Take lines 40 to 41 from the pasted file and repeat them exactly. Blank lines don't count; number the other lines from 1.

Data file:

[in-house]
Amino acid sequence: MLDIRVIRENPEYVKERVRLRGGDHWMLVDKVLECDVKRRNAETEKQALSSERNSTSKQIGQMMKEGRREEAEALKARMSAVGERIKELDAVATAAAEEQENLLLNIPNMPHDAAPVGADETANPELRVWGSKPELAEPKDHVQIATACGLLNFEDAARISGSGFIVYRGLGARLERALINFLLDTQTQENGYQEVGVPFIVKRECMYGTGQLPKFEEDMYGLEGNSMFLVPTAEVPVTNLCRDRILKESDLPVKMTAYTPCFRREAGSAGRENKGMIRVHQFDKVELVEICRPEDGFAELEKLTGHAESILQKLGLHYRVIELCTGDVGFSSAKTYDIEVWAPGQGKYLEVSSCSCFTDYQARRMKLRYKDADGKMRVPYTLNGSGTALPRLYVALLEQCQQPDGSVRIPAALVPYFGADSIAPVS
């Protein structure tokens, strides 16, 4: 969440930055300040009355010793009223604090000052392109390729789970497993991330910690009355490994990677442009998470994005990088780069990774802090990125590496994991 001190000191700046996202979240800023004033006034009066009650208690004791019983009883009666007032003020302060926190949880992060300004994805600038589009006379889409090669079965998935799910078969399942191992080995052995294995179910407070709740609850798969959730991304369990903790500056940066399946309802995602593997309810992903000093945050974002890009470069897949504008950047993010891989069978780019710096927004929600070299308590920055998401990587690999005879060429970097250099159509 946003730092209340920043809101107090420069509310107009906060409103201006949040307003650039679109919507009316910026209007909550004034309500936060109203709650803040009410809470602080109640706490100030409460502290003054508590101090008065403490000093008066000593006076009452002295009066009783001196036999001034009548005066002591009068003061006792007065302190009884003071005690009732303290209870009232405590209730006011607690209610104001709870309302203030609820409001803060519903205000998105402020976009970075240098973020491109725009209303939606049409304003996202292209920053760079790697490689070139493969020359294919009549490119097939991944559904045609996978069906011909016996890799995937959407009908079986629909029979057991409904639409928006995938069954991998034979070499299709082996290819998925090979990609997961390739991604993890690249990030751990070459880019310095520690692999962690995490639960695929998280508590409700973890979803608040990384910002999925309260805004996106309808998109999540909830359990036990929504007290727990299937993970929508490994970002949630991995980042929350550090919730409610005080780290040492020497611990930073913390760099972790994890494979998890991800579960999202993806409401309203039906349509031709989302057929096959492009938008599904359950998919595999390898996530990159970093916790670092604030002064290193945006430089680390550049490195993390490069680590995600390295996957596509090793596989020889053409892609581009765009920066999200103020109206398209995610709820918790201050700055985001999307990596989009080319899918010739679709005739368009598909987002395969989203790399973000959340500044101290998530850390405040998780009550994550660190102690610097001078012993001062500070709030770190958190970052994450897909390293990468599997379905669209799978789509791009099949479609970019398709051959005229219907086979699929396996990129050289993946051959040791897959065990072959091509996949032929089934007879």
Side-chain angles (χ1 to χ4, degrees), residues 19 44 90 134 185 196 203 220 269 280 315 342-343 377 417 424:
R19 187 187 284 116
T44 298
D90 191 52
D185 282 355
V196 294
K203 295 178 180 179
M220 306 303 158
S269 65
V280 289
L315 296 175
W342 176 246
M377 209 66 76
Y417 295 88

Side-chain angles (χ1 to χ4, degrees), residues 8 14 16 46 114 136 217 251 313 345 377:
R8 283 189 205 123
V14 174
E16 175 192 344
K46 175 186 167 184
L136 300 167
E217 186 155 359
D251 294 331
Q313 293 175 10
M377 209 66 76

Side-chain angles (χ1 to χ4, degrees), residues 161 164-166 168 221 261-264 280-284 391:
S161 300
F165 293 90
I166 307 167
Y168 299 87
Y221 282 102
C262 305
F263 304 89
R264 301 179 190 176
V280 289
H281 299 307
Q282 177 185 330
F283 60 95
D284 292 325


F283 60 95
D284 292 325